VLSM and their configuration
 


VLSM occurs when an internetwork uses more than one mask in different subnets of a single Class A, B, or C network.  VLSM allows engineers to reduce the number of wasted IP addresses in each subnet, allowing more subnets and avoiding having to obtain another registered IP network number from regional IP address assignment authorities.

At this stage, I actually took a little bit of time to re-remember subnetting.  Had to brush back up on it.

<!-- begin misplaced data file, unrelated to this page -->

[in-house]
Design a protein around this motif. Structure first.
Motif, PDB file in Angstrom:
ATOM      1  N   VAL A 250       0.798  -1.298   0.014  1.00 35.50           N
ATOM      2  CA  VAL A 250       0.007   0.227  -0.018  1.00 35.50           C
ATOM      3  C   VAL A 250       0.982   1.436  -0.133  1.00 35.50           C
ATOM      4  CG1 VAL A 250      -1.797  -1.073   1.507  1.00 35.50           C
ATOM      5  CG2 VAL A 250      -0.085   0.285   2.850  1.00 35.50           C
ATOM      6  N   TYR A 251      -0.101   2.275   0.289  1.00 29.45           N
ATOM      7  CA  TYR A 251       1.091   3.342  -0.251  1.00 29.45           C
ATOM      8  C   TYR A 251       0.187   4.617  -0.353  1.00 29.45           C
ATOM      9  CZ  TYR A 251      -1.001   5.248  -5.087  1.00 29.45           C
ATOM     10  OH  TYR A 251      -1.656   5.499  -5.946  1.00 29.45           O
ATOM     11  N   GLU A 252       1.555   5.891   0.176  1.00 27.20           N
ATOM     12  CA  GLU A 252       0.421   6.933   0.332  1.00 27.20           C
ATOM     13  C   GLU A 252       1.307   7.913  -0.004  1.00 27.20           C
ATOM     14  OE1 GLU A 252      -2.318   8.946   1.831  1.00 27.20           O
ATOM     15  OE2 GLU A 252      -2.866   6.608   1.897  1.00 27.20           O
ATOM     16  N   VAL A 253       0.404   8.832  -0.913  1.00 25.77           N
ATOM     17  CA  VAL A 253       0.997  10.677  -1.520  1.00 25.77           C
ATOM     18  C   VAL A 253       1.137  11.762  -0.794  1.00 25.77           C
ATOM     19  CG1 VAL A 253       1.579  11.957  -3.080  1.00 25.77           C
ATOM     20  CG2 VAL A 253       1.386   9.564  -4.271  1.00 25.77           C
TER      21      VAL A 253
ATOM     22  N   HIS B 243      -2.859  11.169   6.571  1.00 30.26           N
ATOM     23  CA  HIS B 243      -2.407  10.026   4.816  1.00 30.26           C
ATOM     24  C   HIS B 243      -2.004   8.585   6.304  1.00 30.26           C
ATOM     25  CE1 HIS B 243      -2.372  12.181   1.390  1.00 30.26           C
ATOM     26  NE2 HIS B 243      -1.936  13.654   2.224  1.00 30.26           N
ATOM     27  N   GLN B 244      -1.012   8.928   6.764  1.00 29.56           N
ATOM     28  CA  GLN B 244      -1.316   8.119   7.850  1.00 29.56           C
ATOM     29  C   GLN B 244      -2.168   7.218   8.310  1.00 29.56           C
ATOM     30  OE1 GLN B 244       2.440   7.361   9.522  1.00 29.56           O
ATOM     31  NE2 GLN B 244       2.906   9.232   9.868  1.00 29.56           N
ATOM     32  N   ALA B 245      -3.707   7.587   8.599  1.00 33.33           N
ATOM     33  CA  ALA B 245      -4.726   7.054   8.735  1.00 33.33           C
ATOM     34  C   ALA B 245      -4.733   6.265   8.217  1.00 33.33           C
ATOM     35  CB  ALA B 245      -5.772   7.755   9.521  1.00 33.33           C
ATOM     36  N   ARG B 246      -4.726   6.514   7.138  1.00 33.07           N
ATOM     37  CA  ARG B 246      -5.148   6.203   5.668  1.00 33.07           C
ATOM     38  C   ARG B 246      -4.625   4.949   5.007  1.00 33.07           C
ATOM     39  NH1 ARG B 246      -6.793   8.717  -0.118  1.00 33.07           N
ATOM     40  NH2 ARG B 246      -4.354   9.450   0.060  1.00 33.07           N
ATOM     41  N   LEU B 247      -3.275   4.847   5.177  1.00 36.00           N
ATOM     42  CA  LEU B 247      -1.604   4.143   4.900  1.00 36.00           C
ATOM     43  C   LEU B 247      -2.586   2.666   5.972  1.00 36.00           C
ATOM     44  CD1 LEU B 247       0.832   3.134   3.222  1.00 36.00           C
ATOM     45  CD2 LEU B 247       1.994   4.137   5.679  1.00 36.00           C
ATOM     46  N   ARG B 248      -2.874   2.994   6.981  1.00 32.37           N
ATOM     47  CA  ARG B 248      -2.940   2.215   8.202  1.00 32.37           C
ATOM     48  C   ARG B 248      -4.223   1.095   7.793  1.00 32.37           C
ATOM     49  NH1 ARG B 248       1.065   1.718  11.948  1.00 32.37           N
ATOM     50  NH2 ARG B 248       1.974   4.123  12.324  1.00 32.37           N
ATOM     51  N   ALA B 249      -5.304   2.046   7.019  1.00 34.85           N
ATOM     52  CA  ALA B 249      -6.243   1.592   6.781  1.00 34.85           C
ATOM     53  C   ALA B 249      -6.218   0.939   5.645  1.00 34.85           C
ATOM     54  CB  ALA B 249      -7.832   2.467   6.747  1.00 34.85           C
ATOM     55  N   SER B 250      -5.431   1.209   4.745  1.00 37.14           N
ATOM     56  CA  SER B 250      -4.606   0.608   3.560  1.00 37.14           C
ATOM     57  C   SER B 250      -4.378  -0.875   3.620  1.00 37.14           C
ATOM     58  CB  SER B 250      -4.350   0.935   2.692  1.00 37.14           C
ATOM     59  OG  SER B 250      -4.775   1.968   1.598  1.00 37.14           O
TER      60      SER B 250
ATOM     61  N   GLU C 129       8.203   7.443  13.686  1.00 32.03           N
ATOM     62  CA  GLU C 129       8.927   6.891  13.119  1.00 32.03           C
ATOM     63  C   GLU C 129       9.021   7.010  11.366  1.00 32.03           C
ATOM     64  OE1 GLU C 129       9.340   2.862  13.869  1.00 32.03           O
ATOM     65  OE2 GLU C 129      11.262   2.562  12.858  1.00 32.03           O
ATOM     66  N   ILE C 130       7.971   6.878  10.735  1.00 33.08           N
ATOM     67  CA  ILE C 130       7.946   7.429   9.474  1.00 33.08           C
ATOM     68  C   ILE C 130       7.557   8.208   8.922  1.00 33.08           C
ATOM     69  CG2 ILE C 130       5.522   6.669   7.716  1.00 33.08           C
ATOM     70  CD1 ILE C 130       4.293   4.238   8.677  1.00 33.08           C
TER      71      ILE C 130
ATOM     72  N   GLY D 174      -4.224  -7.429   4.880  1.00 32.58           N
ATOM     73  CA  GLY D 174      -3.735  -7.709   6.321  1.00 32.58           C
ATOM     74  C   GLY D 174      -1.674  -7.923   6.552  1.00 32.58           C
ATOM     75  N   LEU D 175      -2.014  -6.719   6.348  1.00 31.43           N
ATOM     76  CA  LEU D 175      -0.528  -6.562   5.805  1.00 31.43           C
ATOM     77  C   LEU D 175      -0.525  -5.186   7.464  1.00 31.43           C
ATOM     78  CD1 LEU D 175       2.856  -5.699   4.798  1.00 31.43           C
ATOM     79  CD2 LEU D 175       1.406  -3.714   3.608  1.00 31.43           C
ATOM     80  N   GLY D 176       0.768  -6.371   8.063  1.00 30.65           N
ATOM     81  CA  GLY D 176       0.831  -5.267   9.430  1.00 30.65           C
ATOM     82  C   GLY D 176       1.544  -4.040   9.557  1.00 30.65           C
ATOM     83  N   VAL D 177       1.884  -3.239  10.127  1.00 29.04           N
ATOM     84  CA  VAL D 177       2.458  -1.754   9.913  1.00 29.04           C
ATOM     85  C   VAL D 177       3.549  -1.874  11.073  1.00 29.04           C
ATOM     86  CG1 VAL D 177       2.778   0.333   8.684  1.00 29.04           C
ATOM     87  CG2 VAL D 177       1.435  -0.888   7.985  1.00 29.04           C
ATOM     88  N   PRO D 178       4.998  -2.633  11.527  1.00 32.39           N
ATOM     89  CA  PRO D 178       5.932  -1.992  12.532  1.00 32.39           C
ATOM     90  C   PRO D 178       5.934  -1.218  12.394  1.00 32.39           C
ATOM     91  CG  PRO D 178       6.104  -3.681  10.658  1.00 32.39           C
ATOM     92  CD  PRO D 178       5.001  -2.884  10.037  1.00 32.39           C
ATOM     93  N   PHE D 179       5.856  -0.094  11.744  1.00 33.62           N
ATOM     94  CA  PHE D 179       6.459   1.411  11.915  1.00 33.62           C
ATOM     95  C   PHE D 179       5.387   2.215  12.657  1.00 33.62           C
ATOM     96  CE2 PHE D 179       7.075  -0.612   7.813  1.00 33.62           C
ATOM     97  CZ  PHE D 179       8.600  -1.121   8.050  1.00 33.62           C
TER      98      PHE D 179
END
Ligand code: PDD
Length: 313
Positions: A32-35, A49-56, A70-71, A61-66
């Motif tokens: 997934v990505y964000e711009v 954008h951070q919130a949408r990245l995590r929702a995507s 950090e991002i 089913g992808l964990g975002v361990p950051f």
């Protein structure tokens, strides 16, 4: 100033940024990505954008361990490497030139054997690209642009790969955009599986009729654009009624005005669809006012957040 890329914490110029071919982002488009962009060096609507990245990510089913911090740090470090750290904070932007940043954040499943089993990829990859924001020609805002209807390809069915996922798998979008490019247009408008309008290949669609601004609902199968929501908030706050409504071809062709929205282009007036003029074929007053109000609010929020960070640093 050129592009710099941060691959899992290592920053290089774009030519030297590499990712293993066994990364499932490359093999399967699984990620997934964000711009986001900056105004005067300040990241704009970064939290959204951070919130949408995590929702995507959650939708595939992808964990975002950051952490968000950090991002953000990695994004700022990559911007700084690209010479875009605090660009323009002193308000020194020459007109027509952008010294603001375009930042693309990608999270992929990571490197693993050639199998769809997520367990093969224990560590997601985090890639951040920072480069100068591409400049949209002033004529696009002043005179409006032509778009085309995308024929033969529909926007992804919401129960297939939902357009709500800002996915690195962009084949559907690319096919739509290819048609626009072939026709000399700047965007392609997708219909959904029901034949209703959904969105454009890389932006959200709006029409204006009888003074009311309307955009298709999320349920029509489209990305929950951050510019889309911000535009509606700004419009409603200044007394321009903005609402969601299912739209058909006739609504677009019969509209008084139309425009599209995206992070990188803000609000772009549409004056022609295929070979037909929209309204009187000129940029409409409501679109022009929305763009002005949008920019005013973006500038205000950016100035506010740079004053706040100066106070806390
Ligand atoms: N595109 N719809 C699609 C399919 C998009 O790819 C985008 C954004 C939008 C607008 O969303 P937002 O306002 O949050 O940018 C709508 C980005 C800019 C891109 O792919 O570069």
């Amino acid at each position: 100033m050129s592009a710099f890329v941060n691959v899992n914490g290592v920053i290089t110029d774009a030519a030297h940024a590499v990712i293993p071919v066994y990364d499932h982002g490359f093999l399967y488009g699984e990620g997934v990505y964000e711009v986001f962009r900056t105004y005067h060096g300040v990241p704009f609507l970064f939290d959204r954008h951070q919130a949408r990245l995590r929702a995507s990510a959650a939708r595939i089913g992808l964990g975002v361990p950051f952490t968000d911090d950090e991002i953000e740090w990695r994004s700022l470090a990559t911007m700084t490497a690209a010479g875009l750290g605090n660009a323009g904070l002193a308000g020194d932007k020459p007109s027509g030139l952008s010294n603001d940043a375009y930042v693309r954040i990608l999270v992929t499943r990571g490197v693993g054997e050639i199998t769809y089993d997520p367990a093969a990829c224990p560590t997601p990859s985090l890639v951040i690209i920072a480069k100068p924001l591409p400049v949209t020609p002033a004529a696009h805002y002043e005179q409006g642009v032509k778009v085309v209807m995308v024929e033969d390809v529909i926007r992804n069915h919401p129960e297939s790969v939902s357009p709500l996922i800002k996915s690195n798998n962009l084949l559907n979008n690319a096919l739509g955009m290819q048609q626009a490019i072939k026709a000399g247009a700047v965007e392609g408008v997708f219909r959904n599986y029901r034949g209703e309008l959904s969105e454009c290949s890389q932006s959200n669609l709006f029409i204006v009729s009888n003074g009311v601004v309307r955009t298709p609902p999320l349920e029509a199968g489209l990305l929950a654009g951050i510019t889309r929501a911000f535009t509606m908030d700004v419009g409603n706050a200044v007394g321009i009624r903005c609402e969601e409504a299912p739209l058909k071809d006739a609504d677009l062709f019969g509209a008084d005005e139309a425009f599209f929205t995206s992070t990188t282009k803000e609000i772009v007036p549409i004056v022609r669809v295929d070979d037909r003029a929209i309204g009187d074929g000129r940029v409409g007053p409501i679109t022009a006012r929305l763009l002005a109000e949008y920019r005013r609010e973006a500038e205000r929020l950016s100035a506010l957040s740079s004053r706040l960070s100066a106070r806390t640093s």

A common VLSM mistake is thinking “using more than one mask” rather than “using more than one mask in a single classful network”.

Classless and Classful Routing Protocols

For a routing protocol to support VLSM, it must advertise not only the subnet number but also the subnet mask when advertising routes.  A routing protocol must include subnet masks in its routing updates to support manual route summarization.

Each IP routing protocol is considered to be either classless or classful, based on whether the routing protocol does (classless) or does not (classful) send the mask in routing updates.  All routing protocols are either classless or classful.

Routing Protocol Is It Classless? Sends Mask in Updates Supports VLSM Supports Manual Route Summarization
RIP-1 No No No No
IGRP No No No No
RIP-2 Yes Yes Yes Yes
EIGRP Yes Yes Yes Yes
OSPF Yes Yes Yes Yes